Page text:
G8 leaders to advocate new stimulus spending

Rick Moran
German Chancellor Angela Merkel cuts a lonely figure in Europe these days. She's one of the only leaders on the continent who still thinks bringing EU members' budgets under control to be the way out of recession and into a period of growth.

But with the election of socialist Francois Hollande and leaders like Great Britain's David Cameron and Italy's Mario Monti clamoring for new government spending programs, it appears that the deficit cutting consensus that has dominated european politics for the last two years has shattered and a movement back to business as usual for left wing governments is in the offing.

Reuters:

Francois Hollande, sworn in this week as French president, has already made waves by challenging Europe's austerity focus and saying he will pull French combat troops from Afghanistan by the end of this year.

Obama, 50, may use their introductory meeting in the Oval Office to encourage the 57-year-old Socialist to rethink his Afghanistan plans that put France on an earlier exit timetable than other NATO allies.

But the two leaders, who have both expressed support for pro-growth policies in Europe, are expected to form a common front on the euro zone crisis that could dominate this weekend's Group of Eight talks.

Obama's administration spent heavily to tackle the 2007-2009 U.S. recession, and Hollande is seeking to take the edge off austerity with more job-creating infrastructure investments.

He is not alone. Cameron has become increasingly vocal in demanding Europe's leaders act more decisively, Canada's Stephen Harper has been a frequent critic, and of the euro zone G8 members, Italian premier Mario Monti was calling for profound growth measures even before Hollande did.

That could leave Germany's Angela Merkel, who insists debt-cutting programs cannot be diluted, cutting a lonely figure.

The G8 summit comes as Greeks are pulling cash from banks amid growing fears that it might crash out of the single currency euro zone. Financial markets fear for the future of the entire currency zone, with Spain's banking sector also under pressure.

The U.S. dollar climbed, world shares fell and German borrowing costs hit record lows on Friday as a deepening Spanish banking crisis, uncertainty about Greece's future in the euro zone and lackluster U.S. data provoked a rush for safe-haven assets.

Hollande and the other "growth" advocates are counting on Germany to backstop their spending spree. Merkel will have none of that which is why she would probably take a chance on blowing up the euro zone rather than throw good money after bad if Greece reneges on its austerity plans, or if Italian banks have difficulty as a result of the Grexit. Merkel has to answer to German taxpayers who are tired of bailing out a profligate Europe. And if it comes down to her re-election or a maintanence of the status quo in the euro zone, she is likely to choose the former.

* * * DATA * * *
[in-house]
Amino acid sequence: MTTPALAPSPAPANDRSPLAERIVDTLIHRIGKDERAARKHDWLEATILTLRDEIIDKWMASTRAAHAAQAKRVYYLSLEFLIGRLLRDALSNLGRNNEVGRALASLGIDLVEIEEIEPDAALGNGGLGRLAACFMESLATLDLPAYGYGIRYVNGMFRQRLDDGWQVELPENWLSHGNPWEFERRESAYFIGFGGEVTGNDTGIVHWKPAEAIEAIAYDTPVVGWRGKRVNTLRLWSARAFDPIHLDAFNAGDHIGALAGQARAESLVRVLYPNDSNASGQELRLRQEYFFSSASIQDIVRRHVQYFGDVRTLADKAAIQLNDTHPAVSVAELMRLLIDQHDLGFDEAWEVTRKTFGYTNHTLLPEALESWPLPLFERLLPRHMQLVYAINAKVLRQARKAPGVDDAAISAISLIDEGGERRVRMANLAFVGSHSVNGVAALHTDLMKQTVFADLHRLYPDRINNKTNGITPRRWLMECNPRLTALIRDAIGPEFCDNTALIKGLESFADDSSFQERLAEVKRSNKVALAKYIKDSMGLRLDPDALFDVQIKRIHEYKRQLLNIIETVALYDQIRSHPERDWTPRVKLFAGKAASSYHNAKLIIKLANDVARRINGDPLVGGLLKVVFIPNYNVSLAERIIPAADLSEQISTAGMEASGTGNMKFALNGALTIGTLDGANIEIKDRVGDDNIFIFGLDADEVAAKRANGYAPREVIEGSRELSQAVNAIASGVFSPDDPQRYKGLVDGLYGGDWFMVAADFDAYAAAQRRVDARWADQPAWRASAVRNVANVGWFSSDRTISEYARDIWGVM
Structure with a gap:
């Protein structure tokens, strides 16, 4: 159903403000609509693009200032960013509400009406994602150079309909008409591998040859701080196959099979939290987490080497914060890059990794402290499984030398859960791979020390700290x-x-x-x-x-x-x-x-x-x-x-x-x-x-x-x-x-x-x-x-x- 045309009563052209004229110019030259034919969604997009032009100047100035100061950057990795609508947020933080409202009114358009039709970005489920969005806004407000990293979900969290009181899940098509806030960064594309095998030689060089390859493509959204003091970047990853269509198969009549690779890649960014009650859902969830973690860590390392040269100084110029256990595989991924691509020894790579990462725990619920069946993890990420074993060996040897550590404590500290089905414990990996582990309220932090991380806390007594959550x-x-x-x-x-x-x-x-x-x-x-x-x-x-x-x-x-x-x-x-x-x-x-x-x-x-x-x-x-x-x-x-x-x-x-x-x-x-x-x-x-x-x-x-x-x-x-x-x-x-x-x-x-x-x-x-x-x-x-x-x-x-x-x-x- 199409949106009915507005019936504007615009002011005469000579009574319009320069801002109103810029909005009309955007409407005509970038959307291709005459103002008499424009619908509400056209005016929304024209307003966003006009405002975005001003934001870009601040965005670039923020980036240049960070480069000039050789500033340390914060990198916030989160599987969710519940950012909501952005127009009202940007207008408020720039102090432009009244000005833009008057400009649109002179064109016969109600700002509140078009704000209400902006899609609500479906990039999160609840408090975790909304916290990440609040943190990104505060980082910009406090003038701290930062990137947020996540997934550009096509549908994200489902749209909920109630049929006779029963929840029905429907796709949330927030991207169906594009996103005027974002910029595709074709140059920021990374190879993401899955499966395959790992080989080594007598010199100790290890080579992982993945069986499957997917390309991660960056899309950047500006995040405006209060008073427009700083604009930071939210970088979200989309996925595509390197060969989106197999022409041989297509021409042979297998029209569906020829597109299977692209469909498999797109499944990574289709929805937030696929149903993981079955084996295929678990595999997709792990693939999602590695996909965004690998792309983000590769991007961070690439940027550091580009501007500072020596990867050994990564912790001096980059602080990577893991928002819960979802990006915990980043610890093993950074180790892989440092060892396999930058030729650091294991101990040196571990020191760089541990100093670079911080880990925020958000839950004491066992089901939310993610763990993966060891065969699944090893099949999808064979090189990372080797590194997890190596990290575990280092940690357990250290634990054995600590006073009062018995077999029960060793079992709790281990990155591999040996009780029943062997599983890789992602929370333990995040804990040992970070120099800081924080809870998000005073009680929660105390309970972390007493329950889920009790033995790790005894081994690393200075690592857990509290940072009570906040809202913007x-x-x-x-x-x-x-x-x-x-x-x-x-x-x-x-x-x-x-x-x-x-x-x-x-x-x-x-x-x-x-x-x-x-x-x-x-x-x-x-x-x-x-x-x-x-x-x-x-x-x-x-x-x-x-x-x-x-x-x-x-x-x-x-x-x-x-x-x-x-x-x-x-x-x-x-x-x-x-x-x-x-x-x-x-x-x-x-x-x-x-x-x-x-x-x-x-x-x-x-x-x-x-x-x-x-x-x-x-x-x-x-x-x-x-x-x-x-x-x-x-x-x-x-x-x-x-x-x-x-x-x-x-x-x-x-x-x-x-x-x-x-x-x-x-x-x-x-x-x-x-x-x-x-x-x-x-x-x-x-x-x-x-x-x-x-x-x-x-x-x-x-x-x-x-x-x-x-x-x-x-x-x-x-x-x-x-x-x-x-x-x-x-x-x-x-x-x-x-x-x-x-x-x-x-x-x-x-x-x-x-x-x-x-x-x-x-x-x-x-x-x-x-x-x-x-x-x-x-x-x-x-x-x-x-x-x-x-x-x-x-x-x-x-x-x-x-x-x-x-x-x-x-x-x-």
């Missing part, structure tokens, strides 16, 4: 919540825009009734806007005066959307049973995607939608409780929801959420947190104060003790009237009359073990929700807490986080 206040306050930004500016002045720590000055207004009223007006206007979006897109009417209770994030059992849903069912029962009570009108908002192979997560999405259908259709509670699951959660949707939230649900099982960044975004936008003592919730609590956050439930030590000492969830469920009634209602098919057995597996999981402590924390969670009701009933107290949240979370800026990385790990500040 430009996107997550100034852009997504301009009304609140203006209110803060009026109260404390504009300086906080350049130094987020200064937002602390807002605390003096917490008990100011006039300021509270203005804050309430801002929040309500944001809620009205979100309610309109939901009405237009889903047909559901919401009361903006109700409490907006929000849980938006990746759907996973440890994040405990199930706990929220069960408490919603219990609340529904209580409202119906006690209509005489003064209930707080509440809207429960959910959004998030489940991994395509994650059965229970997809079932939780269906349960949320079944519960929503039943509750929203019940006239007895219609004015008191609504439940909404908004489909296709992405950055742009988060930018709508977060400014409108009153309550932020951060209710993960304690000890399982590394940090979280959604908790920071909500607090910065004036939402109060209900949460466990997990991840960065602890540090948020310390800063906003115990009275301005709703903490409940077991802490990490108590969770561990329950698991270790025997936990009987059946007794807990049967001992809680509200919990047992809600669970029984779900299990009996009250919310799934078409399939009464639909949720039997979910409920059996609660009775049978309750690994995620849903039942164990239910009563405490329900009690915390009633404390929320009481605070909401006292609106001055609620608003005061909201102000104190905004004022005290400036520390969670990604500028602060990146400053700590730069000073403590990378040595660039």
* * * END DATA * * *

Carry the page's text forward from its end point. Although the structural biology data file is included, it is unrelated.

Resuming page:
German Chancellor Angela Merkel cuts a lonely figure in Europe these days. She's one of the only leaders on the continent who still thinks bringing EU members' budgets under control to be the way out of recession and into a period of growth.

But with the election of socialist Francois Hollande and leaders like Great Britain's David Cameron and Italy's Mario Monti clamoring for new government spending programs, it appears that the deficit cutting consensus that has dominated european politics for the last two years has shattered and a movement back to business as usual for left wing governments is in the offing.

Reuters:

Francois Hollande, sworn in this week as French president, has already made waves by challenging Europe's austerity focus and saying he will pull French combat troops from Afghanistan by the end of this year.

Obama, 50, may use their introductory meeting in the Oval Office to encourage the 57-year-old Socialist to rethink his Afghanistan plans that put France on an earlier exit timetable than other NATO allies.

But the two leaders, who have both expressed support for pro-growth policies in Europe, are expected to form a common front on the euro zone crisis that could dominate this weekend's Group of Eight talks.

Obama's administration spent heavily to tackle the 2007-2009 U.S. recession, and Hollande is seeking to take the edge off austerity with more job-creating infrastructure investments.

He is not alone. Cameron has become increasingly vocal in demanding Europe's leaders act more decisively, Canada's Stephen Harper has been a frequent critic, and of the euro zone G8 members, Italian premier Mario Monti was calling for profound growth measures even before Hollande did.

That could leave Germany's Angela Merkel, who insists debt-cutting programs cannot be diluted, cutting a lonely figure.

The G8 summit comes as Greeks are pulling cash from banks amid growing fears that it might crash out of the single currency euro zone. Financial markets fear for the future of the entire currency zone, with Spain's banking sector also under pressure.

The U.S. dollar climbed, world shares fell and German borrowing costs hit record lows on Friday as a deepening Spanish banking crisis, uncertainty about Greece's future in the euro zone and lackluster U.S. data provoked a rush for safe-haven assets.

Hollande and the other "growth" advocates are counting on Germany to backstop their spending spree. Merkel will have none of that which is why she would probably take a chance on blowing up the euro zone rather than throw good money after bad if Greece reneges on its austerity plans, or if Italian banks have difficulty as a result of the Grexit. Merkel has to answer to German taxpayers who are tired of bailing out a profligate Europe. And if it comes down to her re-election or a maintanence of the status quo in the euro zone, she is likely to choose the former.